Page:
(Editor’s note: Here is a link to Joyce’s poster presented at ASHG.)Genetic research often requires people willing to share their time and answer questions for the sake of scientific inquiry. Any study involving research participants should ensure that such volunteers are treated fairly and ethically. As both a research company and an advocate for personal genomics, 23andMe believes people have a right to know their genetic data and what happens to data they’ve contributed to research.Joyce Tung, Senior Scientist at 23andMe, will be presenting a poster on this topic at the annual meeting of the American Society of Human Genetics next week. The main focus is on “return of results.” For instance, if a research study is looking at a particular genetic variant associated with higher risk for a disease, some of the research participants may want to know whether they carry that particular variant.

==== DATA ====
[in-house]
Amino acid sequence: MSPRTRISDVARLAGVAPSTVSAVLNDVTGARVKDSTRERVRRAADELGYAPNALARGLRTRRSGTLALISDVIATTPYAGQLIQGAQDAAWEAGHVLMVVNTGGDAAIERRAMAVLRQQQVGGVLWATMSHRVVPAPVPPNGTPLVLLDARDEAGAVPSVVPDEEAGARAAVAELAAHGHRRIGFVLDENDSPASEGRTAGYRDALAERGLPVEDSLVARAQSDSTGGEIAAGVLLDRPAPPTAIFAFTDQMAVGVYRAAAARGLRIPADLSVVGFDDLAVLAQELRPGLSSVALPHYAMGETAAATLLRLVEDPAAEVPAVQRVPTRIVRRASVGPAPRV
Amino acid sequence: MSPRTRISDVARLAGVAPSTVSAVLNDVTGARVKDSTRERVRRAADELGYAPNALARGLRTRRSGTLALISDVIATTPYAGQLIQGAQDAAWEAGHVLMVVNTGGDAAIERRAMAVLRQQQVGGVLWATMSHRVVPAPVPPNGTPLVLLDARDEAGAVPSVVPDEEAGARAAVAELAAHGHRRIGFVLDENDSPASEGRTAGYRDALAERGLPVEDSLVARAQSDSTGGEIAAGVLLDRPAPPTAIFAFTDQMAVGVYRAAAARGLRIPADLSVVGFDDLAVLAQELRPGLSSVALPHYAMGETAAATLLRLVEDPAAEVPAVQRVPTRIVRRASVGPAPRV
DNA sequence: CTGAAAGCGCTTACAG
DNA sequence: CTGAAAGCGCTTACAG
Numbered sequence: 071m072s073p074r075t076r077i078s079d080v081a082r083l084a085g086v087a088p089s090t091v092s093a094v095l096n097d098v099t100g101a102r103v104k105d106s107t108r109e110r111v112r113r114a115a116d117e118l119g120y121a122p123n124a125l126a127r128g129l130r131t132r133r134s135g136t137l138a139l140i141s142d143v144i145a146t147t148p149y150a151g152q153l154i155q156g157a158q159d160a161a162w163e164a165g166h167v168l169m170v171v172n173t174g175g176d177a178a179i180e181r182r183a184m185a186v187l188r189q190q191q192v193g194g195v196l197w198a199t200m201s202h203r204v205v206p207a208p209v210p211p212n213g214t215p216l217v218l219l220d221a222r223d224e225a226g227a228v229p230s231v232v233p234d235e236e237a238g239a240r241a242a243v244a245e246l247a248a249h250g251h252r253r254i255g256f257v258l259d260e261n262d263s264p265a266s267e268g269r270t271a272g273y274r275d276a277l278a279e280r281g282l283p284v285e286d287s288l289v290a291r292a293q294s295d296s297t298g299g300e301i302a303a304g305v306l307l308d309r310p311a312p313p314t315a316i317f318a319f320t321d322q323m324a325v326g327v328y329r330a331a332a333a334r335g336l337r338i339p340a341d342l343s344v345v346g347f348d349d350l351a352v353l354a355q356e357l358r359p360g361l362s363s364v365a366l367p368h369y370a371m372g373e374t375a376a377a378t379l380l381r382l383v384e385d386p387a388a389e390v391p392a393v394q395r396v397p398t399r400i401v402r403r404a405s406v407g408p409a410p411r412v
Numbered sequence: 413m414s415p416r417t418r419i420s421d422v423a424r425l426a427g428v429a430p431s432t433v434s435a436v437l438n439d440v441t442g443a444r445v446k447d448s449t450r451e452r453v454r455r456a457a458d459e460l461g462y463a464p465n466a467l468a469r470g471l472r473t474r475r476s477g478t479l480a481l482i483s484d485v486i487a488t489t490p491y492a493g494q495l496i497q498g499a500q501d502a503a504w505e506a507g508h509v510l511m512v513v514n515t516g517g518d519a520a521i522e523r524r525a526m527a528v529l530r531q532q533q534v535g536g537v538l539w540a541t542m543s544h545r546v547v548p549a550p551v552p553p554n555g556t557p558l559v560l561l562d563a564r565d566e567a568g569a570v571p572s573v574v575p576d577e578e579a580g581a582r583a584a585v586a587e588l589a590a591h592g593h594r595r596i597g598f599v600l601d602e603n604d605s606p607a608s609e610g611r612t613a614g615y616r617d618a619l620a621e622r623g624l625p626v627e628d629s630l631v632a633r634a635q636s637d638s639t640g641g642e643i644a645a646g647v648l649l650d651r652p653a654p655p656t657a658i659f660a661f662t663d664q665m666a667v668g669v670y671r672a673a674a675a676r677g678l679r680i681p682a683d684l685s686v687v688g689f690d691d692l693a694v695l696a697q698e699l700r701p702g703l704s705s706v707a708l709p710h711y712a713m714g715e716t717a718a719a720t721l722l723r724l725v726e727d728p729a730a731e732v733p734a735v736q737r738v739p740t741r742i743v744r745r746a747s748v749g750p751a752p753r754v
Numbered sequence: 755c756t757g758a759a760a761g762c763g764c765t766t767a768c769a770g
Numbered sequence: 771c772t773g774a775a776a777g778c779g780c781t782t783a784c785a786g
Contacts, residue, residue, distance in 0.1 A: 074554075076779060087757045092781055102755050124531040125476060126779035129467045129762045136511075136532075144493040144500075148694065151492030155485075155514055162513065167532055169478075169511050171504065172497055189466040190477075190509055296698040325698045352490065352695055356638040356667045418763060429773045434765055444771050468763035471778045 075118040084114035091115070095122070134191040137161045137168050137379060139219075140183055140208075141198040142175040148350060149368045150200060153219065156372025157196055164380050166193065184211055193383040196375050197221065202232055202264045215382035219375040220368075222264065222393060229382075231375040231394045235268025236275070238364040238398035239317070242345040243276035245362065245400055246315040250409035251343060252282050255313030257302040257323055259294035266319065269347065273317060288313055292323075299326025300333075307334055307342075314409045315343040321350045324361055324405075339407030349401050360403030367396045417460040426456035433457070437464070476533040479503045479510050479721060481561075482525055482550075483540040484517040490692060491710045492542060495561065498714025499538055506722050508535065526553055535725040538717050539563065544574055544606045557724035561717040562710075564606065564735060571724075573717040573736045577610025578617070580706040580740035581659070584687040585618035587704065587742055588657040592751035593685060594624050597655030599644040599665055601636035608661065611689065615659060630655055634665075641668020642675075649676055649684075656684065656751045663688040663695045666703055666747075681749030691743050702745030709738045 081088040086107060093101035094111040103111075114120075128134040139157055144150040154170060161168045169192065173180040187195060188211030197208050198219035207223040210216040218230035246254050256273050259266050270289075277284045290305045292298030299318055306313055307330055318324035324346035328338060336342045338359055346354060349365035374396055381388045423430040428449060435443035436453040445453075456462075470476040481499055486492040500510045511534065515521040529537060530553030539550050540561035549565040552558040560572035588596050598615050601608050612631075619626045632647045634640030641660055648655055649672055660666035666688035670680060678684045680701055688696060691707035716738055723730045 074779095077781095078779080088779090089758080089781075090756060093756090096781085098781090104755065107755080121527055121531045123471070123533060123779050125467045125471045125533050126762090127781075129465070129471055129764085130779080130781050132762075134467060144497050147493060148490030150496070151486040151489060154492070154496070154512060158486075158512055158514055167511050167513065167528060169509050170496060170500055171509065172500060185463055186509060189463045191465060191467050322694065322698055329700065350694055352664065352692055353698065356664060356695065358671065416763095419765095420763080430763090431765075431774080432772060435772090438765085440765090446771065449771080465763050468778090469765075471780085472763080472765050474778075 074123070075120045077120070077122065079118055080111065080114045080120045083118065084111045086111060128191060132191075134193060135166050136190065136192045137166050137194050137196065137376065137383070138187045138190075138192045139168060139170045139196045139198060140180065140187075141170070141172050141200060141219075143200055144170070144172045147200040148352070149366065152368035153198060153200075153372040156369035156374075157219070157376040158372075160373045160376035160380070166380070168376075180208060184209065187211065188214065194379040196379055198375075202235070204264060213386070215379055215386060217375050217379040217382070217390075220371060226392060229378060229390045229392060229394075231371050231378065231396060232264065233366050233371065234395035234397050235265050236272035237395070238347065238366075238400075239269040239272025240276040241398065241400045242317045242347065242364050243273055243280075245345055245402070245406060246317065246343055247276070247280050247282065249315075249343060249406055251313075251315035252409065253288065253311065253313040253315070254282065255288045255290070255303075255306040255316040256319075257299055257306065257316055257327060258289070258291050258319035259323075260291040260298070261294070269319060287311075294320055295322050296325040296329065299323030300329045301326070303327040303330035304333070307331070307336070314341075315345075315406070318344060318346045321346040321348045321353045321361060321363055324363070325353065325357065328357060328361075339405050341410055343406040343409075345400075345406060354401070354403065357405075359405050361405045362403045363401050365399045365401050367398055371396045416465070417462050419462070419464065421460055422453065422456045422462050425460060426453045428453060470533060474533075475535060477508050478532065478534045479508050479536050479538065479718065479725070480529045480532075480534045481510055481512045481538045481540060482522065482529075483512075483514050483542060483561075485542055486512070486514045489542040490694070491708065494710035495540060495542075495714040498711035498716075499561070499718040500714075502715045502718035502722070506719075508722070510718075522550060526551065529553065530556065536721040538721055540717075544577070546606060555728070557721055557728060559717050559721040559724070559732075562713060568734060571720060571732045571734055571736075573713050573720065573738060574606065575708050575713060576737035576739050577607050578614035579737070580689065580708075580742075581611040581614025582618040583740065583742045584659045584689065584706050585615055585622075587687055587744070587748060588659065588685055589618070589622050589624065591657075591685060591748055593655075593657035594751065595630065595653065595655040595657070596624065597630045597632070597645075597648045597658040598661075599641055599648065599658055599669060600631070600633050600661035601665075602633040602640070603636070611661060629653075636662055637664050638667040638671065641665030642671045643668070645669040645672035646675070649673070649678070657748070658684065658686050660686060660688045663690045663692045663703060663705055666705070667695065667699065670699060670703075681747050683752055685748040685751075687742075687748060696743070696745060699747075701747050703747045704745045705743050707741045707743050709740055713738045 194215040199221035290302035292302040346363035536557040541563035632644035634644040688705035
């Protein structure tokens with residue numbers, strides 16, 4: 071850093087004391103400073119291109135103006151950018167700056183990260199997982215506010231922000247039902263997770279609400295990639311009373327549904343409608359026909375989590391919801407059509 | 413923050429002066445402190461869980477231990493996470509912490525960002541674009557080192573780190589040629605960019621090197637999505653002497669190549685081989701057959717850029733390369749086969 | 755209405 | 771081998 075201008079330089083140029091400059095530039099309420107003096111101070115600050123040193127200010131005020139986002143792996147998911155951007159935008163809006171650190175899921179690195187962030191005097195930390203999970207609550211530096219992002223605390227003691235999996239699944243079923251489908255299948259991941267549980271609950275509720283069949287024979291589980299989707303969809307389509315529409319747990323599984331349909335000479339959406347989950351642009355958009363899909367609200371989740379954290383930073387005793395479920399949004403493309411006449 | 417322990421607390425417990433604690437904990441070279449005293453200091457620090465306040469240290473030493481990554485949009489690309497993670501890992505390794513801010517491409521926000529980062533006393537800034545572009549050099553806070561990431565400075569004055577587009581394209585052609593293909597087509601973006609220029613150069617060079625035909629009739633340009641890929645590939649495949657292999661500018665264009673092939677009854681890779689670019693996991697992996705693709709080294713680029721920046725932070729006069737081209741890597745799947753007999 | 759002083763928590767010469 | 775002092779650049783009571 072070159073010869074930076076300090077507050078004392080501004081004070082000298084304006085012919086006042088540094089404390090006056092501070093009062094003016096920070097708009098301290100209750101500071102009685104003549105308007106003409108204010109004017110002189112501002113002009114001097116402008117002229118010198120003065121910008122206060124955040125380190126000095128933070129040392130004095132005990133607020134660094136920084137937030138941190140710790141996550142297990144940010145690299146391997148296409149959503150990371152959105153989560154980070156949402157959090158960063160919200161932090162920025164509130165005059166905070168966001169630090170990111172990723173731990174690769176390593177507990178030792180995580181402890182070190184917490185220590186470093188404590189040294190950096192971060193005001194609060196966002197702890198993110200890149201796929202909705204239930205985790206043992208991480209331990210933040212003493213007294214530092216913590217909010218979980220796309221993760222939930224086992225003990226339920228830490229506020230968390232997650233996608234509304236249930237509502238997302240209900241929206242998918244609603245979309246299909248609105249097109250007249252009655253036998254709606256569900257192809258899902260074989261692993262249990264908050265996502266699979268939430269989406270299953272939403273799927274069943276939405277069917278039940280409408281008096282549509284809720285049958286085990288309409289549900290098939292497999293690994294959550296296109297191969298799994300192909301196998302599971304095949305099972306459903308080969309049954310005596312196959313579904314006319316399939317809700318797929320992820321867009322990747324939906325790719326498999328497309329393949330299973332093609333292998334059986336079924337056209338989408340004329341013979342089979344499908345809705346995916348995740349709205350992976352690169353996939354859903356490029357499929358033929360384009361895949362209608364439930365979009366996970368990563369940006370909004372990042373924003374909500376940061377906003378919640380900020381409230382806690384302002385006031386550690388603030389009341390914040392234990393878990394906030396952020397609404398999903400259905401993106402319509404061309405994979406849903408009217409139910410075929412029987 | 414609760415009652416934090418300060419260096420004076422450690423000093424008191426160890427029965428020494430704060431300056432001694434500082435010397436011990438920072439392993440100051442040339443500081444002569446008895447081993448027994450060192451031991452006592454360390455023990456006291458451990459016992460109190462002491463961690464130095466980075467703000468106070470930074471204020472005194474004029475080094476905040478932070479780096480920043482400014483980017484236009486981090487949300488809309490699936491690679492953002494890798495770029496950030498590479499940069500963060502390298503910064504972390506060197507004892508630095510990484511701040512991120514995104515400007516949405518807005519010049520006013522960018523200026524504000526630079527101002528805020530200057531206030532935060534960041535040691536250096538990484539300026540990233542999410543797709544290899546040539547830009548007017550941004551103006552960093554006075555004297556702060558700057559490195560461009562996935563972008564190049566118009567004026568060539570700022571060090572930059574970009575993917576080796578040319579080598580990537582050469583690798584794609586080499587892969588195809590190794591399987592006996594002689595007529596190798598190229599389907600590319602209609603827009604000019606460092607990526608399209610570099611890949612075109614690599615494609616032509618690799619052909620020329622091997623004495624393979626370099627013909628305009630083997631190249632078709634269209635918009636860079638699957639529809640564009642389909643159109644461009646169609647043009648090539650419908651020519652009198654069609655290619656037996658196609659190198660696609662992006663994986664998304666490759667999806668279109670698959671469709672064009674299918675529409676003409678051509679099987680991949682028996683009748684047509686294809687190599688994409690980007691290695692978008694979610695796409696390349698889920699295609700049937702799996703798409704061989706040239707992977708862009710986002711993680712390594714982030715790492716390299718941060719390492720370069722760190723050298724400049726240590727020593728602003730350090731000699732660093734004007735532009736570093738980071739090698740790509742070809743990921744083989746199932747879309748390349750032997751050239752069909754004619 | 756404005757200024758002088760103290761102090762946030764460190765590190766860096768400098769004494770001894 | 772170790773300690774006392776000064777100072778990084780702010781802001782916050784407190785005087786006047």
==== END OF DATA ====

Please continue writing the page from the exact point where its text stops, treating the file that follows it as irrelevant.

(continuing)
Only recently have studies begun to consider sharing information with participants. Doing so in a cost-effective and responsible way can be complicated; such communication not only needs to be understandable to a general audience, but also done in a way that protects people’s privacy. There might also need to be a way to update participants over time if the findings or interpretations change. 23andMe is familiar with all of these challenges.Joyce’s poster will show how 23andMe stacks up to published recommendations related to sharing individual research results in a responsible way. Doing research on how to do research ― it may sound a bit metaphysical but the research is much needed.